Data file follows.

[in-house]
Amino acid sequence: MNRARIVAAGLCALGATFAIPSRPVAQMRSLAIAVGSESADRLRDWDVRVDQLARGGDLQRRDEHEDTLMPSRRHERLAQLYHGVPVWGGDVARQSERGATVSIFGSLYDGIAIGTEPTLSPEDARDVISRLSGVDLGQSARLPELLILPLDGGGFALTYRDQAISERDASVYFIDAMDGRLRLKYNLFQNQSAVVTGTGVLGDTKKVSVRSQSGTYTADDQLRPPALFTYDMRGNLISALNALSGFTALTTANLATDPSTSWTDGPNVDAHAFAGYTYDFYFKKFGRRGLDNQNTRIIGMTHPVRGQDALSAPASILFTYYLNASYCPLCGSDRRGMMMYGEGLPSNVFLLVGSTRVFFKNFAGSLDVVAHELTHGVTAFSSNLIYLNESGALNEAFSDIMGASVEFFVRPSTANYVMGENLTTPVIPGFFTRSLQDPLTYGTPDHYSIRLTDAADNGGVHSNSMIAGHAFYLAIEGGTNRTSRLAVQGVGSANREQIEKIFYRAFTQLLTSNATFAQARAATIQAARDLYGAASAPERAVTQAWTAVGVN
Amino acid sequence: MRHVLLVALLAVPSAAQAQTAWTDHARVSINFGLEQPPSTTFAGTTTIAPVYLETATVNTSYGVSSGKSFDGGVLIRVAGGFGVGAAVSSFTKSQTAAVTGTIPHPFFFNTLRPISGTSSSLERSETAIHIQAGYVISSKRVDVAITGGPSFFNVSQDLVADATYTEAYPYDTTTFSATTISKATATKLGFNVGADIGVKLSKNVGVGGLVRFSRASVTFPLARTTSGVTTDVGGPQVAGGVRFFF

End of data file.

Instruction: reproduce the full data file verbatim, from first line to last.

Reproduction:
[in-house]
Amino acid sequence: MNRARIVAAGLCALGATFAIPSRPVAQMRSLAIAVGSESADRLRDWDVRVDQLARGGDLQRRDEHEDTLMPSRRHERLAQLYHGVPVWGGDVARQSERGATVSIFGSLYDGIAIGTEPTLSPEDARDVISRLSGVDLGQSARLPELLILPLDGGGFALTYRDQAISERDASVYFIDAMDGRLRLKYNLFQNQSAVVTGTGVLGDTKKVSVRSQSGTYTADDQLRPPALFTYDMRGNLISALNALSGFTALTTANLATDPSTSWTDGPNVDAHAFAGYTYDFYFKKFGRRGLDNQNTRIIGMTHPVRGQDALSAPASILFTYYLNASYCPLCGSDRRGMMMYGEGLPSNVFLLVGSTRVFFKNFAGSLDVVAHELTHGVTAFSSNLIYLNESGALNEAFSDIMGASVEFFVRPSTANYVMGENLTTPVIPGFFTRSLQDPLTYGTPDHYSIRLTDAADNGGVHSNSMIAGHAFYLAIEGGTNRTSRLAVQGVGSANREQIEKIFYRAFTQLLTSNATFAQARAATIQAARDLYGAASAPERAVTQAWTAVGVN
Amino acid sequence: MRHVLLVALLAVPSAAQAQTAWTDHARVSINFGLEQPPSTTFAGTTTIAPVYLETATVNTSYGVSSGKSFDGGVLIRVAGGFGVGAAVSSFTKSQTAAVTGTIPHPFFFNTLRPISGTSSSLERSETAIHIQAGYVISSKRVDVAITGGPSFFNVSQDLVADATYTEAYPYDTTTFSATTISKATATKLGFNVGADIGVKLSKNVGVGGLVRFSRASVTFPLARTTSGVTTDVGGPQVAGGVRFFF